Cetip Network

2020/08
logo

Background

I was asked to build a website for the Cetip Network, a social sciences research network. Their old web was a broken WordPress site that was even hacked a few times, so the only requirement was not to use WordPress, and I've had complete freedom with the choice of technologies used.

Development

The old website had many pages with a little or no content, which was something I wanted to change. So, in the beginning, I redesigned designed the website's structure. I decided to merge pages "People", "Visiting Scholars" and "Our partners" into a single page "Who we are" and pages "About us", "Research", "Our mission", "Annual reports" and media became just "About us". On the other hand, there were pages "Projects" and "People", which was just an endless wall of text with incorrectly sized logos and photos, and a very much broken page "Education" with supposedly password-protected downloadable content. To fix all these problems and to make the site more versatile, I decided to go with the attitude that everything is an article.
I decided to use categories (or post types if you want) to differentiate between all these posts - Projects, Annual events, Education/Protected and None.

None is a category for regular articles with no special effect,
Project is an article with extra fields for the duration of a project,
Annual event is a special version of None, but visible only in its special category,
Education is a password protected article shown only in the Education containing links a downloadable content and
People are also just articles, but soem of them have to be tagged as an executive and they have to stay in a given order.

In the beginning I wanted to use Markdown as a format to store articles in, but even though I think it's beautiful and very simple format, other people might not be on the same page as me, so I went with QuillJS as a purely WYSIWYG rich text editor. Thanks to it's awesome simplicity and extensibility I was able to modify it so users can select and insert multimedia content they've already uploaded.

Content uploading was an interesting thing to build which I really enjoyed. To make sure all uploaded content is properly tagged I've built a system that detect's file types like images, videos, audio and other documents based not only on the file's extension and a MIME type, but also by detecting file's magic bytes.

Another thing I enjoyed building was the URL prettyfier since I obviously didn't want to show articles based only their GUID. So for example, when an article's title is Křehký Hrníček I wanted it to look like krehky-hrnicek. This is done by mapping hundreds of characters to a similarly looking ASCII version. To differentiate between other articles with the same title, I've decided to add a very short hash based on some of the other unique properties of an article like GUID, creation time and an author. I chouse MurMurHash, which is a very fast non-cryptographic function that producing a short but (somewhat) unique hashes. The hash is then converted to Base62, which does not contain +, / and = so the URL looks better.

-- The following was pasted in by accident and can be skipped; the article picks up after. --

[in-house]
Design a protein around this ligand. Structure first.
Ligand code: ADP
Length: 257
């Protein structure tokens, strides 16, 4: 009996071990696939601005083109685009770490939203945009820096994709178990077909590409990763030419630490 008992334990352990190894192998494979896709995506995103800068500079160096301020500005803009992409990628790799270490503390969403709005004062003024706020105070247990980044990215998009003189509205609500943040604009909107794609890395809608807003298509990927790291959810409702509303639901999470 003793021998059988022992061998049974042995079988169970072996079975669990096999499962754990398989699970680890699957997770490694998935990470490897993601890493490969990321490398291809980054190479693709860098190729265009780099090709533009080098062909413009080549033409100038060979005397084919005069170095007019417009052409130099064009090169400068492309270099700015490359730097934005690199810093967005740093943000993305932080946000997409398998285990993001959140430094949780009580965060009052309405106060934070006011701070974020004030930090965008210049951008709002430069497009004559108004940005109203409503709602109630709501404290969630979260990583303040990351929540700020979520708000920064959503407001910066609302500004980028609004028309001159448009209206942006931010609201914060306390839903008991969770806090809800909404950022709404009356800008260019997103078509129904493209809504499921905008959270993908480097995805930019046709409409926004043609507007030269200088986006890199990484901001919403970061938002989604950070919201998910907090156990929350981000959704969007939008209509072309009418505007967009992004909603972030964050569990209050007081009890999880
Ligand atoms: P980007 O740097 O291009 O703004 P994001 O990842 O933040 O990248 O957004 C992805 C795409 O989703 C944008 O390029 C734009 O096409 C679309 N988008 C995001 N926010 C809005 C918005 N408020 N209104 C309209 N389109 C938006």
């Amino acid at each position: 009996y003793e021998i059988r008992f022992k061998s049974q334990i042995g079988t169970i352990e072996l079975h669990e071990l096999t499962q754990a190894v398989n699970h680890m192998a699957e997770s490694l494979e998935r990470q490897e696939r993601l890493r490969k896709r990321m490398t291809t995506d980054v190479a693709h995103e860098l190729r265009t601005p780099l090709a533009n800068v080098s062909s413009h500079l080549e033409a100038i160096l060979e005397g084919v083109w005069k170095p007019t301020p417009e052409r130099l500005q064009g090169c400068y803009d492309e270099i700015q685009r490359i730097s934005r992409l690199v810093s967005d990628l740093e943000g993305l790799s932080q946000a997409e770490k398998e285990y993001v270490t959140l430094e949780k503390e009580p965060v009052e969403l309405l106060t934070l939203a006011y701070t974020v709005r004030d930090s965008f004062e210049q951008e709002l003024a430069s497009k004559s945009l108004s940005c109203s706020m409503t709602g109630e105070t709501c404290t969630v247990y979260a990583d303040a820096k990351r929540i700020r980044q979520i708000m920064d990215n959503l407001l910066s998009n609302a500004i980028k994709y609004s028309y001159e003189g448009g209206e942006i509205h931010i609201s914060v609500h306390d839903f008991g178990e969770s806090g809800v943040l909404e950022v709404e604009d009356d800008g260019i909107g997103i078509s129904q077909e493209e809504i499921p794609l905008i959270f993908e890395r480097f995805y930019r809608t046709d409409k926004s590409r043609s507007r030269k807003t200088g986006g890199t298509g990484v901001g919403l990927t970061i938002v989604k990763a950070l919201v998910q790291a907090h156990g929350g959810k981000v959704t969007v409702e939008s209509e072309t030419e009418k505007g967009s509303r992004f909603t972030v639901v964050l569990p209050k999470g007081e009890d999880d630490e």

Because I wanted to improve my Angular skills - we were supposed to move to Angular at Alza.cz (altohugh we moved to React later) - so Angular was a natural choice at that time. Today I would choose React I went with .Net Core as a backend since it had a decent integration with Node.js (and NetCore is love). I chose MongoDB as a database for a similar reason. To make sure my code runs everywhere I deploy it using Docker by Docker and docker-compose scripts.

Screenshots

What would I do differently

Aside from choosing React, I would probably switch also to NodeJS. C# is fantastic, but I feel like with C# I tend to write software that has unnecessarily complex architectures, which is not bad, but it takes more time than it would with other languages. Although I'm happy with the result, I had to make some design (UX/UI) changes thanks to frequent requirements changes, and the logo I designed wasn't used in the end thanks to significant administrative requirements we didn't want to go through.